Jerry Rothwell brings Higashida Naoki’s groundbreaking book to the screen with a palpable sense of what it means to be neurodivergent.
In 2007, a 13-year-old Japanese boy named Higashida Naoki — with the help of the alphabet board his mother created to help her son communicate his thoughts — built a desperately needed bridge between a nonspeaking autistic mind and the neurotypical world that has long struggled to understand them and too often neglected to try. The bridge assumed the form of a book titled “The Reason I Jump,” and, like all bridges, it called attention to the gaps that it was hoping to cross: The gap between what Higashida thinks and what he’s able to convey; the gap between a nonspeaking autistic child and their parents; the gap between reductive misconceptions about the autism spectrum and the infinite constellation of human experience that such a spectrum actually represents.
Higashida didn’t intend for his story to be representative of the entire spectrum, or even reflect the experience of anyone else, but he hoped that explaining what goes on in his own mind would help to forge a compassionate new understanding between the neurotypical and neurodivergent communities. If Jerry Rothwell’s film version of “The Reason I Jump” is far more effective and self-possessed than most documentary adaptations of “memoirs” tend to be, that’s largely because it sees Higashida’s book as a lens instead of as a subject, and refracts various other people through it in recognition of the rare tale that’s less important than how it’s translated.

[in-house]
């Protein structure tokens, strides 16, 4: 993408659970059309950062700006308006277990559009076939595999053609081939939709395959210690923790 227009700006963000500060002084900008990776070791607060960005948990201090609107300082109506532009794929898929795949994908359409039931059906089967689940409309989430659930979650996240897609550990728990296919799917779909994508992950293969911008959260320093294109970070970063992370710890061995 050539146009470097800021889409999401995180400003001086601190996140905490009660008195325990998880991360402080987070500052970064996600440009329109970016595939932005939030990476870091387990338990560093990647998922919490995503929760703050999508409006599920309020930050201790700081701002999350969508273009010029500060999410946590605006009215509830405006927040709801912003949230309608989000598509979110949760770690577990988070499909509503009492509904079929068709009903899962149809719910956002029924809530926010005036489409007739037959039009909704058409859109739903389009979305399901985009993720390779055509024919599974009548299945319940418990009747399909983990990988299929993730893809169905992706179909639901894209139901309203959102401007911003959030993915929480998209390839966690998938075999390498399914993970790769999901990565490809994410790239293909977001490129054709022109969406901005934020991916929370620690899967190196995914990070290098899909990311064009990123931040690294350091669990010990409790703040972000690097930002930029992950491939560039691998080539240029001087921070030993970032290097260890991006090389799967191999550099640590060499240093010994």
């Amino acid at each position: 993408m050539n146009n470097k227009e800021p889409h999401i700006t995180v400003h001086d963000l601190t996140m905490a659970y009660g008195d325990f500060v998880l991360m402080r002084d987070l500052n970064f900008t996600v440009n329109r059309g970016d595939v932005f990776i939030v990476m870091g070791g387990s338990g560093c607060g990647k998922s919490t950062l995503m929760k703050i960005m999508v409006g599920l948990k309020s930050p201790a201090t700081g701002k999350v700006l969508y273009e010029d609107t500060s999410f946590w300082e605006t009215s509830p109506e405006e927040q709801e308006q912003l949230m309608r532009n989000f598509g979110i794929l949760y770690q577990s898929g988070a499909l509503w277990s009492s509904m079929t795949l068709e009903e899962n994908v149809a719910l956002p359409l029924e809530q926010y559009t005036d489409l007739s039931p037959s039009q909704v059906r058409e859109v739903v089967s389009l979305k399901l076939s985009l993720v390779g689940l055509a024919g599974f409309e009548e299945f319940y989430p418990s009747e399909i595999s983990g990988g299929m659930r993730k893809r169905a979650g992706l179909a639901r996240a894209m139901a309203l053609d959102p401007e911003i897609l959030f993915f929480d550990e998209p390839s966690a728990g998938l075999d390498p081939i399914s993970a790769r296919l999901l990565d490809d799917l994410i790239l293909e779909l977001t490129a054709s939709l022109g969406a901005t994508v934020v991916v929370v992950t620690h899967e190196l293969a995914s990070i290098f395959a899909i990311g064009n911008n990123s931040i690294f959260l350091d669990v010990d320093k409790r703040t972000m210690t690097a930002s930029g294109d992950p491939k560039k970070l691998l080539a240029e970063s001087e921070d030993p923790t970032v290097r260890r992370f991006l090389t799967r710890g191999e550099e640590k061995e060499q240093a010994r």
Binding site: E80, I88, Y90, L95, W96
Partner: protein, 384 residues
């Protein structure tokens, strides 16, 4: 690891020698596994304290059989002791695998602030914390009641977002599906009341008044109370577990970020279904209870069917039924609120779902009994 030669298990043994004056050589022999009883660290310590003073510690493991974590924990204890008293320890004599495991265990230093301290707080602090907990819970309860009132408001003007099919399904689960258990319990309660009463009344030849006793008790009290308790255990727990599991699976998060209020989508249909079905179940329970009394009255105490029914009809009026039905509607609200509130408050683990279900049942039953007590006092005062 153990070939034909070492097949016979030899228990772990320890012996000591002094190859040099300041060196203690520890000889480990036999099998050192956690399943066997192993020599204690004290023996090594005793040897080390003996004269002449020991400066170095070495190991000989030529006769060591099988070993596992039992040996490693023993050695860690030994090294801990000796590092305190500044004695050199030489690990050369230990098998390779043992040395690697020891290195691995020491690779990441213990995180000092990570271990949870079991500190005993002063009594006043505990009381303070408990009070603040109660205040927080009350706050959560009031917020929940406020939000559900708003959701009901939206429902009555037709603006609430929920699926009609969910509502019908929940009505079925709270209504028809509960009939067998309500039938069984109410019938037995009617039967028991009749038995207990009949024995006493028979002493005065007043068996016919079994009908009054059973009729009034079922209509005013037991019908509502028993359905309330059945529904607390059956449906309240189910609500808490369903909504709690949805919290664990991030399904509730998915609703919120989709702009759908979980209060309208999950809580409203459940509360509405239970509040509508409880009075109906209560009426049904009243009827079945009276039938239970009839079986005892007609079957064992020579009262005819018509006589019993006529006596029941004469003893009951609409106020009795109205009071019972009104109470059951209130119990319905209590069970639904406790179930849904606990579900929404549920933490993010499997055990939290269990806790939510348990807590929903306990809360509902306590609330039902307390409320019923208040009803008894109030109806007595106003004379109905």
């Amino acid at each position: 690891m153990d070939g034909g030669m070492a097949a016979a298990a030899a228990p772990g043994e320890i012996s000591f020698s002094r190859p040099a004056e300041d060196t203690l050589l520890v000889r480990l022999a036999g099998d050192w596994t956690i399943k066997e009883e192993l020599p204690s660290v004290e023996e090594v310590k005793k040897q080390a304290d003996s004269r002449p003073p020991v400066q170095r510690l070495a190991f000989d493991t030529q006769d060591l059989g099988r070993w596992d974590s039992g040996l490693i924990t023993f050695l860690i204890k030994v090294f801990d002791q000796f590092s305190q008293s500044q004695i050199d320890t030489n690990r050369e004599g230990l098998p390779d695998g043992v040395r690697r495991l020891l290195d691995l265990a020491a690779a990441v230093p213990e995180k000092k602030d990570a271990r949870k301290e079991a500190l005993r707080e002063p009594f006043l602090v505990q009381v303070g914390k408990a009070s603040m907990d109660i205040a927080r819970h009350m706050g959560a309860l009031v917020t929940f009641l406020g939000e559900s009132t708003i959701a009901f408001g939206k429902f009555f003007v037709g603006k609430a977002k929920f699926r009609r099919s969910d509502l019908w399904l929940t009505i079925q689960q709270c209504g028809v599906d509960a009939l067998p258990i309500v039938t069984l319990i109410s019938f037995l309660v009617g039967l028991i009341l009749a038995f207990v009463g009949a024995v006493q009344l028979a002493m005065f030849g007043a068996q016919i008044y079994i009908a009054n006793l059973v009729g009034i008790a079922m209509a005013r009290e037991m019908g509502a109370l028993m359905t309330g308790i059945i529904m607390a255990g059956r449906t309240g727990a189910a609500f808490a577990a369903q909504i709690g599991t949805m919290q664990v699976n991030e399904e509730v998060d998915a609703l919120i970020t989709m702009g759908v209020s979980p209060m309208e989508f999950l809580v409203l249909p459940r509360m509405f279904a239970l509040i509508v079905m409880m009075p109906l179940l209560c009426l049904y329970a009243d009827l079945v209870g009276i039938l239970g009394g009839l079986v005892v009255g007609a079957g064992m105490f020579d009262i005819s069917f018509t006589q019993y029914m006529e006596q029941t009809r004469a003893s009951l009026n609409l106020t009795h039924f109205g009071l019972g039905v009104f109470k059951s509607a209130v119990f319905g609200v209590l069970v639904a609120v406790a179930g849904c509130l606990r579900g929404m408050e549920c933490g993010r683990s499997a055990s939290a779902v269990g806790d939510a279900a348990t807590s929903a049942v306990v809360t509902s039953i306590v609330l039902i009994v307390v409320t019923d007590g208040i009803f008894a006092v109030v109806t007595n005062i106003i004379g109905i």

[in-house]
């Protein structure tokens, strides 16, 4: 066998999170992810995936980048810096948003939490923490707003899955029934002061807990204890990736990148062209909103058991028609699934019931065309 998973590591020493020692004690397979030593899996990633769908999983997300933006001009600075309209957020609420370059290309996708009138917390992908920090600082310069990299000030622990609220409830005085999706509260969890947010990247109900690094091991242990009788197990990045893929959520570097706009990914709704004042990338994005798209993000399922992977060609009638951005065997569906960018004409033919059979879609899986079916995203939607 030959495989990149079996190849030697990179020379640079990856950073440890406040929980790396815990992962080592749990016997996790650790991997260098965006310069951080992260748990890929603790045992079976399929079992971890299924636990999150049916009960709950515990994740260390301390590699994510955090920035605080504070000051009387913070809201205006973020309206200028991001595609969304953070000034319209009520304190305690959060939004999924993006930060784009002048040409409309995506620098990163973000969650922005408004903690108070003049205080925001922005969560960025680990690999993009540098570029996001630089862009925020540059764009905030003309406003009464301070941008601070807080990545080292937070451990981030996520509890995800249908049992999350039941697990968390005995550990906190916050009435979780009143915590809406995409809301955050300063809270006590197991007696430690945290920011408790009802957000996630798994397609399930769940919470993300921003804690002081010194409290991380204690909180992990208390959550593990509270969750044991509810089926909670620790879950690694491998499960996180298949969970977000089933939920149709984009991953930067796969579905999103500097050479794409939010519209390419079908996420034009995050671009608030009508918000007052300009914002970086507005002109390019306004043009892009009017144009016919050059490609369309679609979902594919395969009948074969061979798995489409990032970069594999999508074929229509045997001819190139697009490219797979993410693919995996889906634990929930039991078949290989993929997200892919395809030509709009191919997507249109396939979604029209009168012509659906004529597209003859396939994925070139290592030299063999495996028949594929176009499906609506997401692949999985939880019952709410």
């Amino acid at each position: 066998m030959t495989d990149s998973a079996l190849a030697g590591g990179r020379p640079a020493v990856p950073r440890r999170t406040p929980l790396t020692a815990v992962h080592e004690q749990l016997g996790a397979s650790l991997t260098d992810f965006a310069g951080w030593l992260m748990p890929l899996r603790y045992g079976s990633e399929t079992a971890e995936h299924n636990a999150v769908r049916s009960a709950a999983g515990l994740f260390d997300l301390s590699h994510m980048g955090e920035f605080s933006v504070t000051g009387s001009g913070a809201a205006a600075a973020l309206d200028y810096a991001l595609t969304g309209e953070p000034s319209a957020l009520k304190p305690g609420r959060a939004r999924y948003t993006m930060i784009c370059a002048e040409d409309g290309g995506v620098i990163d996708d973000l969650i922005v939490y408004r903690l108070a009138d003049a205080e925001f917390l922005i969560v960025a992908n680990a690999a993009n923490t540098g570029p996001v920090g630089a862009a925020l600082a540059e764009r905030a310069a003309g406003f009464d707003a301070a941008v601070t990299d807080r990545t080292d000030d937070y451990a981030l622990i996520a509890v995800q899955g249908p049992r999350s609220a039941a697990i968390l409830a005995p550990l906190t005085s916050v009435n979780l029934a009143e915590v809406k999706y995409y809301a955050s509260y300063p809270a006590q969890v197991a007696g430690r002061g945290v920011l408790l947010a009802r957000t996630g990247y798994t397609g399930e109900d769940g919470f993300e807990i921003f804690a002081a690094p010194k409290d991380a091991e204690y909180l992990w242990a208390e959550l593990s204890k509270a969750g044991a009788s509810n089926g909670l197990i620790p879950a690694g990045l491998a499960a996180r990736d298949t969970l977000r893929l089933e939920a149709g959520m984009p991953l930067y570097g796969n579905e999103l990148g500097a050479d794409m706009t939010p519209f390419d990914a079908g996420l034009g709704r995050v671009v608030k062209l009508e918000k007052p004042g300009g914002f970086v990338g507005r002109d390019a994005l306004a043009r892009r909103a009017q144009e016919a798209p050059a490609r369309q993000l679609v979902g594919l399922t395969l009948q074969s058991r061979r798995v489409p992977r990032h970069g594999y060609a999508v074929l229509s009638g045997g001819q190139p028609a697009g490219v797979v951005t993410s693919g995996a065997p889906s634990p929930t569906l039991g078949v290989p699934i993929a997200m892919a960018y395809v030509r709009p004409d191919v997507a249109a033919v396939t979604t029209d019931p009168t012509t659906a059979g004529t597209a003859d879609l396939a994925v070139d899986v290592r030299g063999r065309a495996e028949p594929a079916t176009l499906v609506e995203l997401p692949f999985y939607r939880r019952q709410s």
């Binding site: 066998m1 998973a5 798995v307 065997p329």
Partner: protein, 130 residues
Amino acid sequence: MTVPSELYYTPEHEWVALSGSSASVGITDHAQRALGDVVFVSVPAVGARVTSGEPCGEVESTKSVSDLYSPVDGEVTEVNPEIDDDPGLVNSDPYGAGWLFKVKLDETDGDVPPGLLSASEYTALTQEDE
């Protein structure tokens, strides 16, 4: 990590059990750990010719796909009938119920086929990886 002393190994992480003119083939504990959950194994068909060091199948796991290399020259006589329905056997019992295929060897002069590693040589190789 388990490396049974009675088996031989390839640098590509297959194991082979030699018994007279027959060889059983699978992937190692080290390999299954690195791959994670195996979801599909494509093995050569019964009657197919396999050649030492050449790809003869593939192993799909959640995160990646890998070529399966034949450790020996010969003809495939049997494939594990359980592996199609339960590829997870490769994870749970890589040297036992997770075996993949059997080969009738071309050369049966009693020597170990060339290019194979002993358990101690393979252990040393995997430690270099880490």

Of course, this sincere facsimile of Higashida’s POV also exposes its own limitations, and reinforces the difficulties of conveying an experience that can never truly be shared. An even more extreme aesthetic akin to that of a movie from the Harvard Sensory Ethnography Lab may only have made that disparity seem more pronounced, as the veneer of verisimilitude would likely have served to underline all that was lost in translation. For all that Joss’ parents can extrapolate about his experience, their greatest wish is still to understand what it’s really like for him, if only for a few minutes.
By opting for a measured and more humble approach, “The Reason I Jump” solidifies as less of an instructive solution than an empathetic work of encouragement. Rothwell recognizes that we don’t know what we don’t know, and that assuming things about the inner lives of people who can’t express themselves can lead to grave inhumanities. Without making sweeping pronouncements or presenting nonspeaking autistic people with too much of the semi-mystical flourish that led some critics to dismiss Higashida’s book out of hand, this lovely doc leaves us with only one certainty: Just because we don’t understand something doesn’t mean there isn’t a good explanation for it.
“The Reason I Jump” will be available to watch in virtual cinemas via Kino Marquee beginning on Friday, January 8.
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